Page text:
PM Narendra Modi, industry leaders talk economy, China woes
Prime Minister Narendra Modi called bankers and billionaires to his residence on Tuesday to brainstorm on how India can manage global economic turbulence, including opportunities for Asia's third-largest economy in China's market and growth woes.india Updated: Sep 09, 2015 12:51 IST
Finance minister Arun Jaitley said on Tuesday the impact of the global turmoil will be lesser on India as its fundamentals are reasonably strong, but the government needs to take steps to strengthen the economy.
Jaitley was briefing the media after the high-level meeting between Prime Minister Narendra Modi and the country's top industrialists, bankers and economists at his 7, Race Course Road residence about how India can manage global economic turbulence.
"Most participants felt that we are going through a phase of volatility which might turn to some turmoil on the market.
Volatility is the norm of the moment and will result in turmoil in the markets and rupee," Jaitley told reporters.
"By and large, a major crux of the entire discussion was that in terms of its economy India is relatively untouched. It was suggested that we should take steps to strengthen India's economy," he said.
The meeting in New Delhi was attended by tycoons including the country's richest man, Mukesh Ambani, Jaitley, Reserve Bank of India governor Raghuram Rajan, economists and state and private bank chiefs.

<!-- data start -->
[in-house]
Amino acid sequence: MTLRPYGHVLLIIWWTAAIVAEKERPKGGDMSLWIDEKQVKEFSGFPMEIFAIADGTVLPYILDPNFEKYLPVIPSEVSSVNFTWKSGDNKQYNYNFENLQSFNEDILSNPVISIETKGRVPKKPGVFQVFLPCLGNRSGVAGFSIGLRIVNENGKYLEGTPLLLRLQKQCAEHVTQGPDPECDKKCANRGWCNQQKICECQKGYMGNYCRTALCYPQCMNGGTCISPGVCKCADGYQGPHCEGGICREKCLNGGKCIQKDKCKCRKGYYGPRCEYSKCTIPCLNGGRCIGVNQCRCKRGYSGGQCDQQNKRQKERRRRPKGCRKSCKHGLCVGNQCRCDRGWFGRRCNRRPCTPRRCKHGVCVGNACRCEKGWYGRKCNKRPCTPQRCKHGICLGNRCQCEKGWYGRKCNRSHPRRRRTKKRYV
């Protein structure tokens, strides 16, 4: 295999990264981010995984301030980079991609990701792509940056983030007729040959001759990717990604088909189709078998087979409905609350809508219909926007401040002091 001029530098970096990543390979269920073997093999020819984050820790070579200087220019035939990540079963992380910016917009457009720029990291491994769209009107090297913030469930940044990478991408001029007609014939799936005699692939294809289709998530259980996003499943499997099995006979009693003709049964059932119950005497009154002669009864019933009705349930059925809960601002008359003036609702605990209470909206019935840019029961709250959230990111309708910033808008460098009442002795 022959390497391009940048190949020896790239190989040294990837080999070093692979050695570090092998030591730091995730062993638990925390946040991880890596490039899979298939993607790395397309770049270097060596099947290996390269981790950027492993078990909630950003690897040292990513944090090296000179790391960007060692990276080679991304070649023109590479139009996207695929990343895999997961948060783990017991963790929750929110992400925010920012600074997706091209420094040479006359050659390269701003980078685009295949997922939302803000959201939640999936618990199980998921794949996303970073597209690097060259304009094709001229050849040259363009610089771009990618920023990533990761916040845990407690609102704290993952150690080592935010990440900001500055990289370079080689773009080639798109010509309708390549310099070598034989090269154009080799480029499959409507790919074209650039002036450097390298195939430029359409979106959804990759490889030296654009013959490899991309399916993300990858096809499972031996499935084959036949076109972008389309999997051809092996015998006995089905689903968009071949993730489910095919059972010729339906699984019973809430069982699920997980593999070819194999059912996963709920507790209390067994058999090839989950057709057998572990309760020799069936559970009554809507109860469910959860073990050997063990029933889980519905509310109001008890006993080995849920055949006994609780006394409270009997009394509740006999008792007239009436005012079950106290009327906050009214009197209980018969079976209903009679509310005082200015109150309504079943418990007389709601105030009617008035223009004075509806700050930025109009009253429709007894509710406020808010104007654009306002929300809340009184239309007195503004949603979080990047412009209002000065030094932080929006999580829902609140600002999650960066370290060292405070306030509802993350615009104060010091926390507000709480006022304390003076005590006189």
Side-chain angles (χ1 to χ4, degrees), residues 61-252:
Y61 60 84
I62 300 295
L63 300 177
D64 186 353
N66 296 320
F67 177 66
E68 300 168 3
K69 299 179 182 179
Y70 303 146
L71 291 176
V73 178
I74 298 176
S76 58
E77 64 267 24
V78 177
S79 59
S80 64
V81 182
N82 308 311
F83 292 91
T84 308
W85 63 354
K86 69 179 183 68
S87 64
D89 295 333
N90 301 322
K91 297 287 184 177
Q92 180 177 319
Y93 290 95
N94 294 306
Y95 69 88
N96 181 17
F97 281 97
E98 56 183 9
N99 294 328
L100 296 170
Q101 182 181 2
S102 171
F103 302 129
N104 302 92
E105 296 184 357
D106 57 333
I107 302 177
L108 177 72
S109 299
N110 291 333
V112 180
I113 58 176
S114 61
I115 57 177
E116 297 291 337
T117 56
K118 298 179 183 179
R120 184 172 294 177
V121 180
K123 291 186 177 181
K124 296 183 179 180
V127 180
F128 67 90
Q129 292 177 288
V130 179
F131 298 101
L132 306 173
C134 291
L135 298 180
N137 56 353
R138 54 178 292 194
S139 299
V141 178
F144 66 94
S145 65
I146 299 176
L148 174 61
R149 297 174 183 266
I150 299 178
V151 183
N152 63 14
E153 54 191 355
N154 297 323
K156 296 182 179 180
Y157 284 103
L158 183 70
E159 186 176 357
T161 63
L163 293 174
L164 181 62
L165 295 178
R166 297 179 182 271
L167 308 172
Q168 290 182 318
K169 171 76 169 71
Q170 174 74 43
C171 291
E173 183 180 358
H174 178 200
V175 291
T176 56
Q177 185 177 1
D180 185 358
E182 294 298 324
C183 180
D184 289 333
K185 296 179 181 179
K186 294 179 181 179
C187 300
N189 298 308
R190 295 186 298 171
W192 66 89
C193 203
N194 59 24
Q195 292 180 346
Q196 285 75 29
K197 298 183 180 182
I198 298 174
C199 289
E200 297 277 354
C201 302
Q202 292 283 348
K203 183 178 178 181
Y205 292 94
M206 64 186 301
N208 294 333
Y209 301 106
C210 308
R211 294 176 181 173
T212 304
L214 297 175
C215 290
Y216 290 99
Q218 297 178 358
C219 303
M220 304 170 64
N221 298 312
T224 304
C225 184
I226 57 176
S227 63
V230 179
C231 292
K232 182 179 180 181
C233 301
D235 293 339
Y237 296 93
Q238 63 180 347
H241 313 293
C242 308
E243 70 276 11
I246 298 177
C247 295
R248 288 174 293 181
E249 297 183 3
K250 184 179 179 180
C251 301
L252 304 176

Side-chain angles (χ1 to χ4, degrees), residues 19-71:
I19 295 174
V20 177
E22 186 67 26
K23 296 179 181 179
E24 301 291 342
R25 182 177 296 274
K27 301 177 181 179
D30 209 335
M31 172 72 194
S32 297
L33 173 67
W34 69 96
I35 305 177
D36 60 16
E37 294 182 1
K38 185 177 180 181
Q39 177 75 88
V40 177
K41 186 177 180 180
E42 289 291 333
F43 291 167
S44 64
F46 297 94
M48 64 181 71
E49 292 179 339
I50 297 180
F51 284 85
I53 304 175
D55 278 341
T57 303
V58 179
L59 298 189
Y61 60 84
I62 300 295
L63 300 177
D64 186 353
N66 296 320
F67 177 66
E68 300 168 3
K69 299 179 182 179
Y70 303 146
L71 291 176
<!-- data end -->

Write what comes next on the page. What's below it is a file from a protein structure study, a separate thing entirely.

In the three-hour meeting, participants suggested the government should focus on agriculture, food processing, and creation of infrastructure to fortify the domestic economy against the current global turmoil.
The Prime Minister, who spoke after 27 participants had put their views forward, laid emphasis on creating jobs through micro, small, and medium enterprises. He also agreed with a participant that the rural job creation scheme – MGNREGA – could be used as a tool to develop skills.
Two other indicators for the way ahead were an emphasis on the new economy and importance of the MUDRA Bank to strengthen the unorganised sector, according to Jaitley.
"A good agriculture improves the purchasing power of a large number of people," said Jaitley.
The minister said issues of ease of doing business, cost of labour and capital and stalled projects were also raised by participants at the meeting. They specifically emphasised on two steps - bankruptcy code and a definition of corruption under the prevention of corruption act.
On both, said Jaitley, the government was already in advanced stages.
Most participants said a large number of taxation issues had been resolved, though the remaining reforms had to be carried out. Many of them wanted monetary policy easing by RBI, the minister said.